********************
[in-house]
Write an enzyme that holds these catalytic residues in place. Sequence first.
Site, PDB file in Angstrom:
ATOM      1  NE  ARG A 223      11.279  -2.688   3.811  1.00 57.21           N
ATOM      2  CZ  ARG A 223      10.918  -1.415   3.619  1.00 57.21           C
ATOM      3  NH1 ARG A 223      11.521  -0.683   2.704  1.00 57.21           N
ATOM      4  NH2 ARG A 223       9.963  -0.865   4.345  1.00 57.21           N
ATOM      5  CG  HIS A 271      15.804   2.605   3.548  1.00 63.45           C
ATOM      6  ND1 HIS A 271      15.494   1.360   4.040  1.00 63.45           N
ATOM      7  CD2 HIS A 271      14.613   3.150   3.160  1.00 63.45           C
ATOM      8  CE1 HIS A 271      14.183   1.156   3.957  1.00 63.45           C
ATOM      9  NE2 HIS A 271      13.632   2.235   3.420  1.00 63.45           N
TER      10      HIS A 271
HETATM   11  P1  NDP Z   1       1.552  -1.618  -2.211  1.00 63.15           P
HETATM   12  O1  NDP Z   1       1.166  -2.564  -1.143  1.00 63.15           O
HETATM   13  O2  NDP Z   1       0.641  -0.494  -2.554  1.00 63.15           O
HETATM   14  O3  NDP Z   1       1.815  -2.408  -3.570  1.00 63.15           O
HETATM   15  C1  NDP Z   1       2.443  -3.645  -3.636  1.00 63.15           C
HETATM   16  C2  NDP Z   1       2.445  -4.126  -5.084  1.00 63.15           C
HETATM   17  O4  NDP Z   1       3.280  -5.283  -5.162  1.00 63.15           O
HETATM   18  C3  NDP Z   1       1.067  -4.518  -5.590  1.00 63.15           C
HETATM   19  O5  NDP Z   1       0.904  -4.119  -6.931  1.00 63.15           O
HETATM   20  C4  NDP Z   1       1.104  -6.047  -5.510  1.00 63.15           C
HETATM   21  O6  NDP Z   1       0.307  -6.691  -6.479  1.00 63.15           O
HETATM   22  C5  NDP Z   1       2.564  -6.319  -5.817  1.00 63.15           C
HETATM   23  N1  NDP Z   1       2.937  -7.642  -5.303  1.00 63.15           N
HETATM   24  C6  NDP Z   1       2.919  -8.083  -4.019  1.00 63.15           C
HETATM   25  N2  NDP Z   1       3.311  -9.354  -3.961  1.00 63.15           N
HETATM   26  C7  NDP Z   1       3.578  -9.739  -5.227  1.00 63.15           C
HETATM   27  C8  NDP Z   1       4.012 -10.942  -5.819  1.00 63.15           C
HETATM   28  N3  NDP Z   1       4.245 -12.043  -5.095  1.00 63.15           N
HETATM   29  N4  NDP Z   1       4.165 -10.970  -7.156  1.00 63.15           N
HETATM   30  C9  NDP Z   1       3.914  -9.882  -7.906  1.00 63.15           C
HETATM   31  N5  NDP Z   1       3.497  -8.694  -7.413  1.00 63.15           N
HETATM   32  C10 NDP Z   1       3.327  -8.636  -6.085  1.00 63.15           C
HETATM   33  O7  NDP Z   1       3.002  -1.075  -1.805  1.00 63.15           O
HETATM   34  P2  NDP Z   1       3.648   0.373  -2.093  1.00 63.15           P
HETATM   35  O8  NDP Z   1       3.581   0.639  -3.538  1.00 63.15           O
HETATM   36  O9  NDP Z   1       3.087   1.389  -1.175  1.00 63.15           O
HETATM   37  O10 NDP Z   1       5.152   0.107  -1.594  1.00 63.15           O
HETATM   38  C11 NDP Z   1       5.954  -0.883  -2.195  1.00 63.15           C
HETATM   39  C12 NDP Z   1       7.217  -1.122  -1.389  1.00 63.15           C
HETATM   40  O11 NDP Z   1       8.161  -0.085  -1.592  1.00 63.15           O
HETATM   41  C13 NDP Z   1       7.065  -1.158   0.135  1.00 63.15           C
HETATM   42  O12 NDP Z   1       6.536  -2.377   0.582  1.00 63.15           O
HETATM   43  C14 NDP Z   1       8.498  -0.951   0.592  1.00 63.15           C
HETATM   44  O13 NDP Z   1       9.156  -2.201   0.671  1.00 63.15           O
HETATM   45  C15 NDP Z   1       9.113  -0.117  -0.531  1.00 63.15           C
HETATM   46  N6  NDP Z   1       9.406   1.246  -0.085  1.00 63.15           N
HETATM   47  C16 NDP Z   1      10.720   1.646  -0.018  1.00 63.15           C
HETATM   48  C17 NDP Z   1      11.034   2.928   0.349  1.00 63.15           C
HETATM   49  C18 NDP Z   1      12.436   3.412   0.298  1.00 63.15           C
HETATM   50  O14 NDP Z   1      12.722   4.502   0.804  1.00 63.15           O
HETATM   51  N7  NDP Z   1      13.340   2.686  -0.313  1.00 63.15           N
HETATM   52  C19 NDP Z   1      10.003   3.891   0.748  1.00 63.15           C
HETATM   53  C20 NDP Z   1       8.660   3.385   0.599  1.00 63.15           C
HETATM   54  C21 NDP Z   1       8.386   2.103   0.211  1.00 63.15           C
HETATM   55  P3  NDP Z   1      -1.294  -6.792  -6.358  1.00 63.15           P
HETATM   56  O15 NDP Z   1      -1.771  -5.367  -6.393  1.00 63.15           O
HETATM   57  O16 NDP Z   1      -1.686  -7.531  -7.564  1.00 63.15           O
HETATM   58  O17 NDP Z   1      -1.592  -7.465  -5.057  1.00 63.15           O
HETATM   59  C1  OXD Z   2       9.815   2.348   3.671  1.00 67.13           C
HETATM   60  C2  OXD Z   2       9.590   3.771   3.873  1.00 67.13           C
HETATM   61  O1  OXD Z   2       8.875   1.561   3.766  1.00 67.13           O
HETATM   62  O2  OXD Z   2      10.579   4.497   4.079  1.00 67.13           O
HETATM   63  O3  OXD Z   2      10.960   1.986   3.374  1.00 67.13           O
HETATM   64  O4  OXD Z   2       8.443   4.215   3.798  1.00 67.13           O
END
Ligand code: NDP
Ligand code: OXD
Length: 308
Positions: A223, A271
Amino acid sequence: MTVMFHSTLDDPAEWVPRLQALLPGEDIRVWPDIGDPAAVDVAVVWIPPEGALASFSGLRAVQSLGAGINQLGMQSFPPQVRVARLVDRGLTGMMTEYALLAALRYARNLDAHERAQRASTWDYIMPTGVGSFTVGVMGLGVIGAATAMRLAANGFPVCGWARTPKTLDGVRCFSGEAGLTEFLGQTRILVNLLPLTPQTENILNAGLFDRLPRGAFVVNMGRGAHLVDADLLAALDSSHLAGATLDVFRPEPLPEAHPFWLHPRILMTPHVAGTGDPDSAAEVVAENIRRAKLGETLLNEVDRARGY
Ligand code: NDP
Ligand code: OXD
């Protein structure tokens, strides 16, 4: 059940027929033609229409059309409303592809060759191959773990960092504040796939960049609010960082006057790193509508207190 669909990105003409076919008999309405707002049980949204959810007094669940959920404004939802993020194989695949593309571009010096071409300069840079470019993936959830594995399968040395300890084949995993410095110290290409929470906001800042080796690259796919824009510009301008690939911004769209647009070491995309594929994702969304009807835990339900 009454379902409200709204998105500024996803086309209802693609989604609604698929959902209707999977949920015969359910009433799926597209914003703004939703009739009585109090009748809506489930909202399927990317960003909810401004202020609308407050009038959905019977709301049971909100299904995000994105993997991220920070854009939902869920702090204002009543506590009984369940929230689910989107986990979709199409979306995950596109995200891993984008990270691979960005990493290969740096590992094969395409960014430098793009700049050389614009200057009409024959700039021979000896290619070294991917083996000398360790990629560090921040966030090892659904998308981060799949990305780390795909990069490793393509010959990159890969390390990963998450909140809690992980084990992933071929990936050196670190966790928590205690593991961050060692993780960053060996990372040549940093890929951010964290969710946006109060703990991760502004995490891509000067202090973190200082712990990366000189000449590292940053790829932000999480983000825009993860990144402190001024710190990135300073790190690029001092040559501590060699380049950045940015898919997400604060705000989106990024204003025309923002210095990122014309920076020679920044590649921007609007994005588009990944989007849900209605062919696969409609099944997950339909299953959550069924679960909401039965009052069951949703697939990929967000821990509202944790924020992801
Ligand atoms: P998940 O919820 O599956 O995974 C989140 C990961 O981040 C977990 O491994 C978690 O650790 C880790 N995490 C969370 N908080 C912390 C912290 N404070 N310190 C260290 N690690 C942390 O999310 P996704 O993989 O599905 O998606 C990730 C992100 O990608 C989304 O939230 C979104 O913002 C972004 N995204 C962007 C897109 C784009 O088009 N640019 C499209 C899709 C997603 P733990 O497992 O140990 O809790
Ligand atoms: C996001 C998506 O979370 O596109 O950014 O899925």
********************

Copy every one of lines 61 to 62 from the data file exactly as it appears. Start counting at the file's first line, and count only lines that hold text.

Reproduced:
HETATM   58  O17 NDP Z   1      -1.592  -7.465  -5.057  1.00 63.15           O
HETATM   59  C1  OXD Z   2       9.815   2.348   3.671  1.00 67.13           C